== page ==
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On Sunday, former Uber engineer Susan Fowler Rigetti published a post on her blog entitled "Reflecting On One Very, Very Strange Year At Uber." On her first day working on her new team at Uber, Rigetti says, her manager sent her a string of messages propositioning her on the company chat. She says she took screenshots of the conversations, and brought them to Uber's HR department, saying she expected the matter would be handled quickly and appropriately. And from her account, it was not.

Sitting inside a glass-encased cockpit, two men fiddle with joysticks controlling giant claws outside. They look like they're playing at a vending machine at a mall, where you try to grasp a stuffed animal. But these are engineers. The claws they're manipulating are as big as houses, and they're sifting through hundreds of tons of garbage thrown away by the world's largest consumer class.

About 13 years ago, The Alchemist brewery in Waterbury, Vt., released a new IPA called Heady Topper. The brewer, John Kimmich, had decided to neither filter nor pasteurize the beer — both common methods of extending a commercial beer's shelf life. The result was an IPA thicker with the microscopic compounds and particulates that add flavor and aroma. Customers noticed and praised the beer as being especially tasty.

Presidents Day is a time to reflect on the giants. Lincoln. Jefferson. Washington.

And of course, mattress sales.

"You go hunting when the ducks are flying," says Kevin Damewood, the executive vice president of sales and marketing at Kingsdown, a mattress manufacturer.

He says three-day weekends are when people have time to shop for a new mattress. It's also when many people decide to move, and consequently when many people are in the market for a new mattress.

The chief of Facebook made an ambitious announcement last week, though it would have been easy to miss. It came Thursday afternoon — about the same time that President Trump held his news conference. While the reality-TV icon is a genius at capturing our attention, the technology leader's words may prove to be more relevant to our lives, and more radical.

This is a two-part story on immigrants and small town viability. Part one aired on this Weekend Edition Saturday. For the full story, listen to both audio segments.

Like thousands of rural towns across the country, Cawker City, Kan., was built for bygone time.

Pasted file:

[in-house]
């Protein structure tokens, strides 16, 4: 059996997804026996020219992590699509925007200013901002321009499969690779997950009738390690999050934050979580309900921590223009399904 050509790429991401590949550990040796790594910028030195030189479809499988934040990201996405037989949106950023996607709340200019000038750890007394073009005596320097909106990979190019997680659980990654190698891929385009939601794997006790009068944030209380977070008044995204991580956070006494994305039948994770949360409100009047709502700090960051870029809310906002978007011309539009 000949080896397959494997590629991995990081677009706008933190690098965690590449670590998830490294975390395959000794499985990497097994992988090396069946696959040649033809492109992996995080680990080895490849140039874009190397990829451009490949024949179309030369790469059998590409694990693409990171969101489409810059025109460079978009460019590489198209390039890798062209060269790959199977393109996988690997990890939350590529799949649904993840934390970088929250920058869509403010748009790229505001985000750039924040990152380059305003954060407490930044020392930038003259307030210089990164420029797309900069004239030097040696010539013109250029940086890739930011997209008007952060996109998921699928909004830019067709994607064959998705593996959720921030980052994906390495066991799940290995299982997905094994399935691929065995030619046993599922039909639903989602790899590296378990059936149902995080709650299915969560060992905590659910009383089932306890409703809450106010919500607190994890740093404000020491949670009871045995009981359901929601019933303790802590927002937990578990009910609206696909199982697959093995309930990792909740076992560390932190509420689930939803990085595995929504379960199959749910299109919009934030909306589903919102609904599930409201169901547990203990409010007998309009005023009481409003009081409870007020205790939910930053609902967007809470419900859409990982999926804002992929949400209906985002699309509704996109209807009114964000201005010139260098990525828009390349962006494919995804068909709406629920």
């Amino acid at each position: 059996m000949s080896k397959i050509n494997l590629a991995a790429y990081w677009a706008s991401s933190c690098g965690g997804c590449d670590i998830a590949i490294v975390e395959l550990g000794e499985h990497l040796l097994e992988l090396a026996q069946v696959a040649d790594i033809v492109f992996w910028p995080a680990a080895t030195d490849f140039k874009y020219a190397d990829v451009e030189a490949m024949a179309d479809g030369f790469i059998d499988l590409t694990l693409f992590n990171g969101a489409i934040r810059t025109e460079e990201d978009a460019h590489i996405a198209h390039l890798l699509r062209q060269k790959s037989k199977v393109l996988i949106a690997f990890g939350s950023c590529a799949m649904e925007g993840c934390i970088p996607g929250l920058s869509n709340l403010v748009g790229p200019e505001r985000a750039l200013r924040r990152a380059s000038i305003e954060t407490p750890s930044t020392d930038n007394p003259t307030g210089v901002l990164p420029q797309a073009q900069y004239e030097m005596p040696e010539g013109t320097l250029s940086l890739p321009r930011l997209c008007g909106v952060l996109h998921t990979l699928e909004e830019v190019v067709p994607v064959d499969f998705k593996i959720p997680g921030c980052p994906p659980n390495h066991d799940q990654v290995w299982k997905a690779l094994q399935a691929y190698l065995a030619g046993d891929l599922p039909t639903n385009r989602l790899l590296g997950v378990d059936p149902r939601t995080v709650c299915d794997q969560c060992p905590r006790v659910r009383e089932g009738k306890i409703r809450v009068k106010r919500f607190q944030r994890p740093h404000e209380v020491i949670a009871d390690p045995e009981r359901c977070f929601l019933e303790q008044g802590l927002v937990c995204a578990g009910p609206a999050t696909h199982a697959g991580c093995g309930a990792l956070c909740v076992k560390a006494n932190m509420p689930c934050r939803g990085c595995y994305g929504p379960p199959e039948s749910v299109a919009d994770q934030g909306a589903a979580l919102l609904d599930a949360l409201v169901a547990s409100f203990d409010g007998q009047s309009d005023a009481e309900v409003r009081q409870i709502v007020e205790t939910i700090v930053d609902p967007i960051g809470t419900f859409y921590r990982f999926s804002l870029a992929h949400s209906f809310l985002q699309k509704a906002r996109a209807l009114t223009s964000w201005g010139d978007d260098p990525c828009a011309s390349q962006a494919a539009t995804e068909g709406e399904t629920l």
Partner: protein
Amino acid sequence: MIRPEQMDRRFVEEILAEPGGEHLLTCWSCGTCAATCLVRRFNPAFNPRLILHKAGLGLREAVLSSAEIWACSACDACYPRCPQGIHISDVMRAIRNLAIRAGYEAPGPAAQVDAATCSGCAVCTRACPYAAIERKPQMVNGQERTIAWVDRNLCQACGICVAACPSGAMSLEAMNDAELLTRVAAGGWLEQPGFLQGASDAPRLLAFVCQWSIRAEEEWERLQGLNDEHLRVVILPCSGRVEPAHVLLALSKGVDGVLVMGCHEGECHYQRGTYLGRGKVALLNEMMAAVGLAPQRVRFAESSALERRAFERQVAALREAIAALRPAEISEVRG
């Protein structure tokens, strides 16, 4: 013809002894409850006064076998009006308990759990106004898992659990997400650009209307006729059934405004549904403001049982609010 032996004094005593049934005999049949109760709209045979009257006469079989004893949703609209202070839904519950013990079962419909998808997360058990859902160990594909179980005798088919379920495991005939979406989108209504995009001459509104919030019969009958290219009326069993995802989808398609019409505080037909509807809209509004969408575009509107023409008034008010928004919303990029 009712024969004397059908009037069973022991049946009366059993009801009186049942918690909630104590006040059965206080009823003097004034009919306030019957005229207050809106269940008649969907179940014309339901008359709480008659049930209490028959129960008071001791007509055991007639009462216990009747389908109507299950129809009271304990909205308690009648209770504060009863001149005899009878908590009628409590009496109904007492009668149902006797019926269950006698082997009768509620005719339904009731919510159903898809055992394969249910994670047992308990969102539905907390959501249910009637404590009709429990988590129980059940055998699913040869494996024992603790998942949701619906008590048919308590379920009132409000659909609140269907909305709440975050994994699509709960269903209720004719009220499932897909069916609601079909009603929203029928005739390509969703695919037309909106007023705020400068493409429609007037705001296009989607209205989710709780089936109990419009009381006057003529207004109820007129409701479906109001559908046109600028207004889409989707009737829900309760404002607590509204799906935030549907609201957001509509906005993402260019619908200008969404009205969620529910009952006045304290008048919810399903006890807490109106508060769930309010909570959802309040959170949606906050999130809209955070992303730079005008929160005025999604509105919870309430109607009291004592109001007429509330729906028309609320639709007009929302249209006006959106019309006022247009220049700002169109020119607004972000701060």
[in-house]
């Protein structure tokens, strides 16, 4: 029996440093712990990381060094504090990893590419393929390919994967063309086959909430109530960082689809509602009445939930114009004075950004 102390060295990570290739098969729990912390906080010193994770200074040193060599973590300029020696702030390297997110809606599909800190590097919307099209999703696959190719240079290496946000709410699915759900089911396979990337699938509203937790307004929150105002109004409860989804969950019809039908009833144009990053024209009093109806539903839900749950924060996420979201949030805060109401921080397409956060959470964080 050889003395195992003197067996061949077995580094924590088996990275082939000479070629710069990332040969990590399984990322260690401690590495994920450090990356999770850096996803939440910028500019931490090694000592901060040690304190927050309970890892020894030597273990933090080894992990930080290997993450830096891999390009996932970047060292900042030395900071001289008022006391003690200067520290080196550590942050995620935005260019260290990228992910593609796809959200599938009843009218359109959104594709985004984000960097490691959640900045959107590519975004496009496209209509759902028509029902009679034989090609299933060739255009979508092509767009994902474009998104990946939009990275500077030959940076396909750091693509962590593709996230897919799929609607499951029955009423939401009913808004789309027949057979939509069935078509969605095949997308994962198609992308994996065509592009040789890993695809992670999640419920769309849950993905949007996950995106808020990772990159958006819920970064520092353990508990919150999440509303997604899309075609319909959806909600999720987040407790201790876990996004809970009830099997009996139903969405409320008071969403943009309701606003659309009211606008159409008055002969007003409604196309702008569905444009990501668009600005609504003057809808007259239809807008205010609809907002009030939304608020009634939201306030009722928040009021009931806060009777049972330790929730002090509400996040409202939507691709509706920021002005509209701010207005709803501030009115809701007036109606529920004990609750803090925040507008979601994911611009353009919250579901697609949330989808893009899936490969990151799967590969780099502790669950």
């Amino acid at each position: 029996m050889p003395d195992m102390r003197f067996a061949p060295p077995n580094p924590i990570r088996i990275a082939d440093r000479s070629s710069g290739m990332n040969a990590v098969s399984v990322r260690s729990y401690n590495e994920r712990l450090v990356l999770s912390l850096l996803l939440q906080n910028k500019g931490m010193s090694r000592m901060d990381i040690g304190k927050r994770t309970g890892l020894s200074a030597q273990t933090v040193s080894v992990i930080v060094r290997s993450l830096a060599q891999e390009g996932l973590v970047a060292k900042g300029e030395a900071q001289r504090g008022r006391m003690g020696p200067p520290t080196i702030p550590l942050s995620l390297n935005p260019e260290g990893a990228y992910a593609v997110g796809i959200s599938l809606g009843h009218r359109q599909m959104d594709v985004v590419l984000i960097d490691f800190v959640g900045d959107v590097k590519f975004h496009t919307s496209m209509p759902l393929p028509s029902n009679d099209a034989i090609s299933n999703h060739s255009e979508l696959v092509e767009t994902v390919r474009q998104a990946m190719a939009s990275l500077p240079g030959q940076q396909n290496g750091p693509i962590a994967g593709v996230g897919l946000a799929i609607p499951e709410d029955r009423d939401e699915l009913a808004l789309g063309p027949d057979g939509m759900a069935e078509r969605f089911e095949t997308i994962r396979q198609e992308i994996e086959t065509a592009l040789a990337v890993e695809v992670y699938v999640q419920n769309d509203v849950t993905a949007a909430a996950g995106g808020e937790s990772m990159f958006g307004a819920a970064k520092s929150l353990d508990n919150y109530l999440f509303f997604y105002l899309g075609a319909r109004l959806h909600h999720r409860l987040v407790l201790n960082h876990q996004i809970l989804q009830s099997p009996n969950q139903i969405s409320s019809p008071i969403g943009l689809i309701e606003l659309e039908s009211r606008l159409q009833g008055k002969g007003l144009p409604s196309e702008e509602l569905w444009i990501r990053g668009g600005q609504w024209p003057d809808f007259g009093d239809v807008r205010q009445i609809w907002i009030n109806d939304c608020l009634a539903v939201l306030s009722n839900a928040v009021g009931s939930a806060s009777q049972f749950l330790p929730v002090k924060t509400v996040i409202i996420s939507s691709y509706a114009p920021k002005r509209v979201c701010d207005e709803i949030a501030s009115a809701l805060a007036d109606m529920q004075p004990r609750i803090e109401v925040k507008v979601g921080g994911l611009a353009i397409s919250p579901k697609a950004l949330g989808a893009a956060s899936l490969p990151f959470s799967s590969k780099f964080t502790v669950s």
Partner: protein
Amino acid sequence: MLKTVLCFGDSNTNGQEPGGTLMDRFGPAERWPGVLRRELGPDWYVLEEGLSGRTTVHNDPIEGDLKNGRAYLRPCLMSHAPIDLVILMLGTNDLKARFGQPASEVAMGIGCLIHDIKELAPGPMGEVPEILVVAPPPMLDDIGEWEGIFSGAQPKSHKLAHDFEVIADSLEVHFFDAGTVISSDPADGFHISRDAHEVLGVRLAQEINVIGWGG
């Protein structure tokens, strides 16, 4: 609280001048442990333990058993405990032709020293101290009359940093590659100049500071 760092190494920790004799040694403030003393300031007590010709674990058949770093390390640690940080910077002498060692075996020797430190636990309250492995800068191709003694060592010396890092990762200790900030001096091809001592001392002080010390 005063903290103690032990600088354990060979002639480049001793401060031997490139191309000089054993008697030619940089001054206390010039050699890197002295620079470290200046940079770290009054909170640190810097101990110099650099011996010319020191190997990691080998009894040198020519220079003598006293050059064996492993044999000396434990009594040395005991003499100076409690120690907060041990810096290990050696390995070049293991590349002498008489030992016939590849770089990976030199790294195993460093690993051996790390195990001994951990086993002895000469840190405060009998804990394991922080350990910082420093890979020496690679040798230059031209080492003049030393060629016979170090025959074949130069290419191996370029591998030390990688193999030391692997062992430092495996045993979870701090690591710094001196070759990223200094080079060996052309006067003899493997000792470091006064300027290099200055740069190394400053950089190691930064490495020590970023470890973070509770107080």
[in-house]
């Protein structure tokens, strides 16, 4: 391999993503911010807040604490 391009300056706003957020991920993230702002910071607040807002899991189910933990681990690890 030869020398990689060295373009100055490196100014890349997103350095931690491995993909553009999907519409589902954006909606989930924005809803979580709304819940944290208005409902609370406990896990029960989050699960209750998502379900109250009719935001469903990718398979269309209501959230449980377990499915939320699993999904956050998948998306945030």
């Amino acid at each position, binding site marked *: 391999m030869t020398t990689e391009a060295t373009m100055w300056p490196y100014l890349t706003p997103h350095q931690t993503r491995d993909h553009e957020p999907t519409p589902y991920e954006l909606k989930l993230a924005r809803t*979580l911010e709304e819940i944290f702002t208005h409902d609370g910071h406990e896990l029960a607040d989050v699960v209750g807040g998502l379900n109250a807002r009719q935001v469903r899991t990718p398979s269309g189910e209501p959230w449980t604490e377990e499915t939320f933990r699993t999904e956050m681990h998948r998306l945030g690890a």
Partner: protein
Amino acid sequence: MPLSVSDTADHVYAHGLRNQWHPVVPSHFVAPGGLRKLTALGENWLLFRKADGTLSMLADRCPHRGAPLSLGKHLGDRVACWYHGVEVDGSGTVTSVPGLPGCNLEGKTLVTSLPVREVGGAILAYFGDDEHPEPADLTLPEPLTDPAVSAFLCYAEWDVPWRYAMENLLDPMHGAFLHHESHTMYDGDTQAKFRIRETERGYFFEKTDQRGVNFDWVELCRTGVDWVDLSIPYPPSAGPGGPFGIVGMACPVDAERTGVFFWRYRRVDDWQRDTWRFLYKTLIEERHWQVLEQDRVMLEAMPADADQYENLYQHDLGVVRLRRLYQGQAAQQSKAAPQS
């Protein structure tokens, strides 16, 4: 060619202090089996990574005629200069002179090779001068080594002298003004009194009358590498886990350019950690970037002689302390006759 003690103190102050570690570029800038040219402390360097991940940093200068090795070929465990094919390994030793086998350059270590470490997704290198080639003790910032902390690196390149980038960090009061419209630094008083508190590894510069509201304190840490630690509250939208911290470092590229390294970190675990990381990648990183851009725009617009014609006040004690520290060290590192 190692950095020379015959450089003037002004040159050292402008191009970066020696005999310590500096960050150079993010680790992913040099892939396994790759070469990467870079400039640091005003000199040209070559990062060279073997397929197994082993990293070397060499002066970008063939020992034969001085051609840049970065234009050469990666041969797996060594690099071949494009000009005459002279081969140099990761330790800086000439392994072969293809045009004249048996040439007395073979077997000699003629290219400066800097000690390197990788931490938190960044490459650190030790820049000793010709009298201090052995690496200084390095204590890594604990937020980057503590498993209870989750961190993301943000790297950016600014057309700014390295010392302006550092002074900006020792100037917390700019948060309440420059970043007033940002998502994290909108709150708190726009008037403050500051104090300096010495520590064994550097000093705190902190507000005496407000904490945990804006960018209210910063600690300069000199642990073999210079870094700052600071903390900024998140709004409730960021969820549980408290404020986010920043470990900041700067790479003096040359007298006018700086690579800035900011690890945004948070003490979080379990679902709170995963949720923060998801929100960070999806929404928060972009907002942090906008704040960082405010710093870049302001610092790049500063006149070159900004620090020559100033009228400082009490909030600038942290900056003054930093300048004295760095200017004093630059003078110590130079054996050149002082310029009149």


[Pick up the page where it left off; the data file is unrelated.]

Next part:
Resident Linda Clover has spent most of her life in Cawker City, and she loves the place, but it's a shell of the town it used to be.

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The generation that pioneered organic farming is beginning to retire. These farmers want what they've built to last. Some growers are passing on their farms to their kids. But not all of them have a second generation who wants to take over the family farm.

That's what longtime organic growers Tom and Denesse Willey discovered when they decided over the past few years that it was time to retire. When the Willeys asked their kids if they wanted to take over their 75-acre farm in California's Central Valley, they all said "no."

The burger place downtown? Check. The Ethiopian restaurant we visited that one time? Check. The sports bar near school we've been meaning to try? Maybe tonight is the night.

To help users keep track of points of interest, Google Maps is rolling out a new feature — for both Android and iOS devices — to create lists of locations and share them with friends.

Some Republicans looking to scrap the Affordable Care Act say monthly health insurance premiums need to be lower for the individuals who have to buy insurance on their own. One way to do that, GOP leaders say, would be to return to the use of what are called high-risk insurance pools.

Beginning Friday, the New York branch of the Smithsonian's National Museum of the American Indian will host the exhibit Native Fashion Now, a traveling show from the Peabody-Essex Museum in Salem, Mass. It highlights a dazzling array of contemporary fashion made by dozens of Native American designers.

Some of this story may sound familiar. Some of it may sound downright bizarre.

In the late 2000s, Argentina was facing a slew of economic problems. The president was a charismatic populist with bold plans and the will to act. One of the things then-President Cristina Kirchner wanted to tackle: unemployment. So she set out to create manufacturing jobs in Argentina.

She made a rule in 2010 that if a company wanted to sell things in Argentina, they needed to make things in Argentina.